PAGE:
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The haik (Arabic: حايك) is a traditional women's garment worn in the Maghreb region. It is usually white. It consists of a rectangular fabric covering the whole body, 6 meters by 2.2 meters in length, rolled up then held at the waist by a belt and then brought back to the shoulders to be fixed by fibulae. It can be white or black.
The word is borrowed from the Maghrebi Arabic word hayk, which comes from the Arabic verb haka which means "to weave". First used in French in the form Heque (1654), it underwent many variations – hayque (1667), alhaic (1670), eque (1670), haic (1683), hayc (1686). The word haik in French was at first of the feminine gender (1725) and became masculine in 1830.
The haik is of Arab-Andalusian origin, and present throughout the Maghreb. In 1792, the m'laya, a black veil, popular in the eastern part of Algeria, made its appearance to mourn Salah Bey, Bey of Constantine. Made from wool, silk or synthetic silk fabric, the haik succeeded, in a very short time, to spread throughout all regions of the country, but its use was adapted to the socio-cultural specificities of the region. One variety of the haik, the haik mrama, became very popular among women for its design, the way it was worn, and the quality of the fabric used by artisans. The haik mrama appeared at the end of the nineteenth century and was worn by urban women of Algiers and its suburbs. This type of veil is often associated with feminine beauty and has inspired many Chaabi poets and singers, who dedicated many of their works to them.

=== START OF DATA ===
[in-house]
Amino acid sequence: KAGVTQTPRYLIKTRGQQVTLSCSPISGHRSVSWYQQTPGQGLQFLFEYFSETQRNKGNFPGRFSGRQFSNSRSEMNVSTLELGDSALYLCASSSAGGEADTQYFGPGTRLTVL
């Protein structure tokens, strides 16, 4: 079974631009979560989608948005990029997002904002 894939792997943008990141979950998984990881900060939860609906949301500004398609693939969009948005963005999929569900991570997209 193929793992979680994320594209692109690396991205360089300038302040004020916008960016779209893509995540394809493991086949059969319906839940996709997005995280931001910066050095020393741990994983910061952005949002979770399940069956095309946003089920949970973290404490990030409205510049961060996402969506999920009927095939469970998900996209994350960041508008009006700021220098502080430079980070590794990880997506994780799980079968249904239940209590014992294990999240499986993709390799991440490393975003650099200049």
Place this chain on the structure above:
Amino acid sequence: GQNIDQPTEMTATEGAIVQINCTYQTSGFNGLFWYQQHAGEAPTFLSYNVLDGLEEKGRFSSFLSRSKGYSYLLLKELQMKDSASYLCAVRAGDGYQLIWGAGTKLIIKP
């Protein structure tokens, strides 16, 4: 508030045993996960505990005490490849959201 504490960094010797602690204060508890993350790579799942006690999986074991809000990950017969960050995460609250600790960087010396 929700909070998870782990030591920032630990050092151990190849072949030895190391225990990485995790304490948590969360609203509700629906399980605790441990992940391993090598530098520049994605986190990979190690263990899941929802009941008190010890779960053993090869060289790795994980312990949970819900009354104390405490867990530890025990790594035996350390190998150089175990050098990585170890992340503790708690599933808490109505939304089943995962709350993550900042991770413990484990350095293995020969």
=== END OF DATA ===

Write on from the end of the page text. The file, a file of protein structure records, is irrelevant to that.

A variation on the haik called the huik was worn from the 14th until the late 19th century in the Netherlands and Belgium, usually black and made of wool or silk. It was worn by women as a protection against bad weather. Later variants were worn during a period of mourning.
- In Algeria, some women wear white haik on a daily basis (especially older women).
- In Morocco, the use of haik has all but disappeared, except in the cities of Chefchaouen, Essaouira and Figuig, and rare appearances by old women in Oujda. The color of the haik is black or blue in the cities of Taroudant and Tiznit.
- In Tunisia, the sefseri, a Tunisian variant of haik made of a single piece of cloth that does not cover the face, has been virtually abandoned. However it is still sometimes traditionally worn, especially by older women.
- E.J. Brill's First Encyclopaedia of Islam 1913-1936. BRILL. 1987. p. 220. ISBN 90-04-08265-4.
- "THE SHROUD OVER ALGERIA: FEMICIDE, ISLAMISM AND THE HIJAB". Archived from the original on 2014-01-26. Retrieved 2016-08-09.
- Ambroise Queffélec; Yacine Derradji; Valéry Debov; Dalila Smaali-Dekdouk; Yasmina Cherrad-Benchefra (2002). Le français en Algérie: Lexique et dynamique des langues. Brussels: Duculot. p. 343. ISBN 2-8011-1294-1.
- Alain Rey, Dictionnaire historique de la langue française, Le Robert, Paris, 1992 ISBN 2-85036-187-9.
- "Histoire du Hayek". www.daraziza.com. Retrieved 2017-11-04.
- Hugh Murray (1838). The Encyclopædia of Geography: Comprising a Complete Description of the Earth, Physical, Statistical, Civil, and Political ... Carey, Lea and Blanchard. p. 15.
- "El-Haik, une histoire à découvrir...au musée des arts populaires de Médéa". Al Huffington Post. 29 June 2015. Retrieved 2016-01-24.
- "El Haïk, une étoffe symbole de pureté". dziriya.net. Retrieved 2016-01-24.
- Fouzia Benzakour; Driss Gaadi; Ambroise Queffélec (2000). Le français au Maroc: Lexique et contacts de langues. Brussels: Duculot. p. 213. ISBN 2-8011-1260-7.
- Ann Jousiffe (2008). Tunisia. New Holland Publishers. p. 25. ISBN 978-1-84537-864-6.
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